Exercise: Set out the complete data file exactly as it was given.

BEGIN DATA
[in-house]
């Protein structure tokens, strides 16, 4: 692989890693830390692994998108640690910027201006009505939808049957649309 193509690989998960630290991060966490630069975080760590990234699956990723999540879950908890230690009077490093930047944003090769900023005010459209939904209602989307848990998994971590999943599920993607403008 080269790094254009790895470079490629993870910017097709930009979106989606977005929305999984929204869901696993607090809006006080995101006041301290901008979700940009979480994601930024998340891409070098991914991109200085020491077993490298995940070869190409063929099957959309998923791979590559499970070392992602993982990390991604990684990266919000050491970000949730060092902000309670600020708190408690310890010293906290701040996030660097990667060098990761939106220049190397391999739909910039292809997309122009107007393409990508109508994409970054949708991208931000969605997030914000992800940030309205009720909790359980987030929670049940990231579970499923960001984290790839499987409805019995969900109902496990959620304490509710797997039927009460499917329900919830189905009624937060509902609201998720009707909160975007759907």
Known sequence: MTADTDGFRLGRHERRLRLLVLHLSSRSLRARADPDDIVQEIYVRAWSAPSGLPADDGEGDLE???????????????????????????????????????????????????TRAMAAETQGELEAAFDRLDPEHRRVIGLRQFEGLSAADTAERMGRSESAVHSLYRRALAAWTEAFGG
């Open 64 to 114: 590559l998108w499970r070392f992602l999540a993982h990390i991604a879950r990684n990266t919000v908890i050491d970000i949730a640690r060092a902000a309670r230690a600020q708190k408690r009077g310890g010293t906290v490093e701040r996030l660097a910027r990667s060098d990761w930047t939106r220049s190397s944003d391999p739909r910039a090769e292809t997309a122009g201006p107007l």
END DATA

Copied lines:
[in-house]
């Protein structure tokens, strides 16, 4: 692989890693830390692994998108640690910027201006009505939808049957649309 193509690989998960630290991060966490630069975080760590990234699956990723999540879950908890230690009077490093930047944003090769900023005010459209939904209602989307848990998994971590999943599920993607403008 080269790094254009790895470079490629993870910017097709930009979106989606977005929305999984929204869901696993607090809006006080995101006041301290901008979700940009979480994601930024998340891409070098991914991109200085020491077993490298995940070869190409063929099957959309998923791979590559499970070392992602993982990390991604990684990266919000050491970000949730060092902000309670600020708190408690310890010293906290701040996030660097990667060098990761939106220049190397391999739909910039292809997309122009107007393409990508109508994409970054949708991208931000969605997030914000992800940030309205009720909790359980987030929670049940990231579970499923960001984290790839499987409805019995969900109902496990959620304490509710797997039927009460499917329900919830189905009624937060509902609201998720009707909160975007759907």
Known sequence: MTADTDGFRLGRHERRLRLLVLHLSSRSLRARADPDDIVQEIYVRAWSAPSGLPADDGEGDLE???????????????????????????????????????????????????TRAMAAETQGELEAAFDRLDPEHRRVIGLRQFEGLSAADTAERMGRSESAVHSLYRRALAAWTEAFGG
């Open 64 to 114: 590559l998108w499970r070392f992602l999540a993982h990390i991604a879950r990684n990266t919000v908890i050491d970000i949730a640690r060092a902000a309670r230690a600020q708190k408690r009077g310890g010293t906290v490093e701040r996030l660097a910027r990667s060098d990761w930047t939106r220049s190397s944003d391999p739909r910039a090769e292809t997309a122009g201006p107007l």